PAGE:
He ran his first professional race the very next day at Penicuik, and a week later 12,000 turned up at Bridge of Allan to see him in the Strathallan Games, where his presence was so much resented by the other ‘pros’ that they blatantly shouldered him out of the first race, which had to be re-run. Finding his feet in the professional arena, he soon found he could win £100 at the bigger meetings, a huge increase on the ‘amateur’ payments of up to £10. People flocked to see his fierce rivalry with Edgar Bredin, the top English sprinter, and at Rochdale another crowd of 12,000 watched Downer defeat his opponent over 400 yards. In less than 50 seconds he made about £240, the equivalent of two years’ salary for ordinary mortals.

However, he also discovered the down side to being a full-time professional athlete, that injury or illness meant no pay. In 1897, having torn a muscle, he took a trip to his Jamaican birthplace to recuperate but although delighted by the reception he received, he caught malaria there and had to return home sooner than anticipated. The fever would recur on a regular basis.

Arrangements were made in 1898 for Downer to be pitted against three top English runners for the world’s sprint championship for a £300 prize, but his opponents’ backers cried off on hearing that Downer had just run 128 yards in under 12-and-a-half seconds at the Powderhall sprint, and he was accepted as champion sprinter of the world. He was as well known in America, and papers there reported in 1899 that Downer had issued a challenge to race any man in the world, at any distance from 100 yards to 500 yards, for a side bet of $1,000.

He was trained by Jimmy Duckworth, a trainer and masseur who also looked after the Hearts football team, but Downer’s supremacy came to a sudden end. In July 1900 he went with a party of British athletes to Paris, where professionals competed in the World’s Fair just before the amateur Olympic Games, held in the same stadium. In the 120 metres hurdles he badly injured his Achilles tendon over one of the jumps, failed to finish the course, and never fully recovered.

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He took advantage of the enforced break to publish one of the first British sporting autobiographies, ‘Running Recollections and How to Train’, where he dished the dirt on underhand practices in amateur athletics, and also described the lifestyle of an athlete. He had few qualms about diet: “So long as the cooking is good I don’t care what I eat,” and was more concerned about having a good night’s rest before tucking into chops or bacon and eggs for breakfast.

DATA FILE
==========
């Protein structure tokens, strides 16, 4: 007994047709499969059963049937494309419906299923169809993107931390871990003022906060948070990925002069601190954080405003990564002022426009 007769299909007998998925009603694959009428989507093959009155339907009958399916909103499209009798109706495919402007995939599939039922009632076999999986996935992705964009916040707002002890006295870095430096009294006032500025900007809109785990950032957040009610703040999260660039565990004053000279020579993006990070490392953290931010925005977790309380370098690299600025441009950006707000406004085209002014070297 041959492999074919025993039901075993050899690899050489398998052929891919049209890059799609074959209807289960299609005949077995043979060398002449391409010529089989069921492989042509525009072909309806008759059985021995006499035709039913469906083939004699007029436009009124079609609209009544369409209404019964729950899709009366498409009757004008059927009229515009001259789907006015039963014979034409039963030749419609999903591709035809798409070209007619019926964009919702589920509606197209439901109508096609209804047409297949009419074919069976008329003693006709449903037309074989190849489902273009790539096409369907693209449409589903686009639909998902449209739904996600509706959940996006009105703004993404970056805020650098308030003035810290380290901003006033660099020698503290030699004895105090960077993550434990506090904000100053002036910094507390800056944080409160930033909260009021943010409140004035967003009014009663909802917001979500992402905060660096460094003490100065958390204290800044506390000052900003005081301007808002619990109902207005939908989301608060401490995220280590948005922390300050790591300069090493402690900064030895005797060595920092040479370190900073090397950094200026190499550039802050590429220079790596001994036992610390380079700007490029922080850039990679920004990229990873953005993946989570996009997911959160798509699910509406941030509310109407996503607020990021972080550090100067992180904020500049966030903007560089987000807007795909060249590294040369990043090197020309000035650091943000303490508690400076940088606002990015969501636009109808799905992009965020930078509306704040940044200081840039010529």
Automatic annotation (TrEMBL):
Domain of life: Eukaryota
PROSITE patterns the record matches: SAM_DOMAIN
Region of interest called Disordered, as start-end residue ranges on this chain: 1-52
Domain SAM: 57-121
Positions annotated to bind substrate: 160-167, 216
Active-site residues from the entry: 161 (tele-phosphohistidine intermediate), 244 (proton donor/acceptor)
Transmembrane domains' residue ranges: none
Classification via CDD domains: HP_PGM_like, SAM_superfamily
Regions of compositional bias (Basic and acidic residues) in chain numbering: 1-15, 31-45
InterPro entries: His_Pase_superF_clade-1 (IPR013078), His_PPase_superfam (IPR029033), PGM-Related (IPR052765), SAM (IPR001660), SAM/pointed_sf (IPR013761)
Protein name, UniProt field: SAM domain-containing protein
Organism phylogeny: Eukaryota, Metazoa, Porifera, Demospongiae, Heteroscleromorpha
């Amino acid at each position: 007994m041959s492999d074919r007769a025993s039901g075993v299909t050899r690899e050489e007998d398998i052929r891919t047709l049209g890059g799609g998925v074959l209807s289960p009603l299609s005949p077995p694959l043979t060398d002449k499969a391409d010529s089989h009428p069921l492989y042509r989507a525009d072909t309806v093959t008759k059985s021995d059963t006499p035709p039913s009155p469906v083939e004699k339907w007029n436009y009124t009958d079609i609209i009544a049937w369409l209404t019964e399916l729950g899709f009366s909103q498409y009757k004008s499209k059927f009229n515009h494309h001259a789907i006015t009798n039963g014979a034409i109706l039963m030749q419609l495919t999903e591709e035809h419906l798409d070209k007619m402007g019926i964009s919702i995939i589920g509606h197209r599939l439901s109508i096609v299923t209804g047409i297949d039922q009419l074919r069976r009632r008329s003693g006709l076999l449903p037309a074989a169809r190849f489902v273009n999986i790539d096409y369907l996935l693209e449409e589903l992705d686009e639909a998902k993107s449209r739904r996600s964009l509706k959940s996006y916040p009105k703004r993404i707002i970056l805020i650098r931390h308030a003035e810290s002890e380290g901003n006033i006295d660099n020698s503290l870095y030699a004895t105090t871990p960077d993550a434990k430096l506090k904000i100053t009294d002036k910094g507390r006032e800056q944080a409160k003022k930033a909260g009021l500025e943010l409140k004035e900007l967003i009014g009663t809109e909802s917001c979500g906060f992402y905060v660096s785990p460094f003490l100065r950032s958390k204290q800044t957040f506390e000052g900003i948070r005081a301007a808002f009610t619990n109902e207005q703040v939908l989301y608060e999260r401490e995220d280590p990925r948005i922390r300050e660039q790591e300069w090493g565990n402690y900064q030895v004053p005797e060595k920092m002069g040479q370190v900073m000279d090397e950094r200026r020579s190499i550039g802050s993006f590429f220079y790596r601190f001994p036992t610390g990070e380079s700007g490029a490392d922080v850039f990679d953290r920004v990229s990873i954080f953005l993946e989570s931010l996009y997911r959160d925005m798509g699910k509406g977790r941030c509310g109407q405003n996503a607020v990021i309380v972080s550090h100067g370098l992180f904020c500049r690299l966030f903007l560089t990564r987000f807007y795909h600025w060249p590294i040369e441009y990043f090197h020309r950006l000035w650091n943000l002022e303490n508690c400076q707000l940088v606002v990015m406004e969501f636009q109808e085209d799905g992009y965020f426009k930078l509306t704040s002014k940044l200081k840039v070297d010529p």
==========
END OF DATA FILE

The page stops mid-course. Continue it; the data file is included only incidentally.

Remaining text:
Downer recovered sufficiently to return to the track but although he carried on running into 1902 he could no longer compete at the highest level. Then his health started to give way, and his wife Ellen, whom he had married in Northumberland in 1900, appears to have left him. He was not entirely forgotten as in 1909 a testimonial fund raised £30 from ‘admiring friends’ but generally he kept a low profile.

As he deteriorated physically and mentally he was cared for by his mother in Edinburgh, where they lived in Bruntsfield Gardens, until he was admitted to the Royal Edinburgh Asylum for the Insane. He died there on 8 June 1912, with his death certificate stating he had been suffering for two years from ‘general paralysis’, medical shorthand for tertiary syphilis.

Downer was buried in Morningside Cemetery alongside his sister Kate, who had died young. Obituaries praised him as ‘one of the most brilliant runners ever known in Scotland’, but memories soon faded. Sadly, his grave is now a wreck, the headstone tipped over and lying on the ground. It could be a metaphor for the sorry fall from grace of one of Scotland’s finest athletes.